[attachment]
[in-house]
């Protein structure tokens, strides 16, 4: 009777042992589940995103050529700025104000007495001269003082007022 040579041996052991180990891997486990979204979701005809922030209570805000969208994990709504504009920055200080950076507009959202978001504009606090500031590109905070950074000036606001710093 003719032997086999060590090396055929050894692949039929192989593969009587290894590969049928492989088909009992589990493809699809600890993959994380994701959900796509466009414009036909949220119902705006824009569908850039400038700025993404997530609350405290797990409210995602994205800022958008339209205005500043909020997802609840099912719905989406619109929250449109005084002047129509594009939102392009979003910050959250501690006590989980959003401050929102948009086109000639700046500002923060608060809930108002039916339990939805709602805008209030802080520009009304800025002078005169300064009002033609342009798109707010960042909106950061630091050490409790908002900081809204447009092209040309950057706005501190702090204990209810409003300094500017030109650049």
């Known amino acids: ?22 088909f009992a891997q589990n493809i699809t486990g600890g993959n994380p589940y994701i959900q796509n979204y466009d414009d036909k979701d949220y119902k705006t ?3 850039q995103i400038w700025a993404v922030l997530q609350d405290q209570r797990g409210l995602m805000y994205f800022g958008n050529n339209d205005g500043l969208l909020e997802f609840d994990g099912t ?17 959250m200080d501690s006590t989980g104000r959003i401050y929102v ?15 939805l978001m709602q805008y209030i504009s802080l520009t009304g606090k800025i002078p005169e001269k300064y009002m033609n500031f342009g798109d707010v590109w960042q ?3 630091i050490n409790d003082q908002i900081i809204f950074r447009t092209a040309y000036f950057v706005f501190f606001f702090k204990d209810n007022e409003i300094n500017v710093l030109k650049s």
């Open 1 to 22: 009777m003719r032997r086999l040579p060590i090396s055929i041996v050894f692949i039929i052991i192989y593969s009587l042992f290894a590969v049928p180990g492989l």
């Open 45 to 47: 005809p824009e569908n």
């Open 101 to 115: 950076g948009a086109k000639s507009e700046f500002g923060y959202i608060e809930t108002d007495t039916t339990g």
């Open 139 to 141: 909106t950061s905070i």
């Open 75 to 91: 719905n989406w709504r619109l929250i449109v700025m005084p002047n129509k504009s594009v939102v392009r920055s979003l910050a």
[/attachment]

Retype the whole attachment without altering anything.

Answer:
[in-house]
């Protein structure tokens, strides 16, 4: 009777042992589940995103050529700025104000007495001269003082007022 040579041996052991180990891997486990979204979701005809922030209570805000969208994990709504504009920055200080950076507009959202978001504009606090500031590109905070950074000036606001710093 003719032997086999060590090396055929050894692949039929192989593969009587290894590969049928492989088909009992589990493809699809600890993959994380994701959900796509466009414009036909949220119902705006824009569908850039400038700025993404997530609350405290797990409210995602994205800022958008339209205005500043909020997802609840099912719905989406619109929250449109005084002047129509594009939102392009979003910050959250501690006590989980959003401050929102948009086109000639700046500002923060608060809930108002039916339990939805709602805008209030802080520009009304800025002078005169300064009002033609342009798109707010960042909106950061630091050490409790908002900081809204447009092209040309950057706005501190702090204990209810409003300094500017030109650049």
């Known amino acids: ?22 088909f009992a891997q589990n493809i699809t486990g600890g993959n994380p589940y994701i959900q796509n979204y466009d414009d036909k979701d949220y119902k705006t ?3 850039q995103i400038w700025a993404v922030l997530q609350d405290q209570r797990g409210l995602m805000y994205f800022g958008n050529n339209d205005g500043l969208l909020e997802f609840d994990g099912t ?17 959250m200080d501690s006590t989980g104000r959003i401050y929102v ?15 939805l978001m709602q805008y209030i504009s802080l520009t009304g606090k800025i002078p005169e001269k300064y009002m033609n500031f342009g798109d707010v590109w960042q ?3 630091i050490n409790d003082q908002i900081i809204f950074r447009t092209a040309y000036f950057v706005f501190f606001f702090k204990d209810n007022e409003i300094n500017v710093l030109k650049s």
């Open 1 to 22: 009777m003719r032997r086999l040579p060590i090396s055929i041996v050894f692949i039929i052991i192989y593969s009587l042992f290894a590969v049928p180990g492989l």
């Open 45 to 47: 005809p824009e569908n």
């Open 101 to 115: 950076g948009a086109k000639s507009e700046f500002g923060y959202i608060e809930t108002d007495t039916t339990g």
């Open 139 to 141: 909106t950061s905070i």
């Open 75 to 91: 719905n989406w709504r619109l929250i449109v700025m005084p002047n129509k504009s594009v939102v392009r920055s979003l910050a």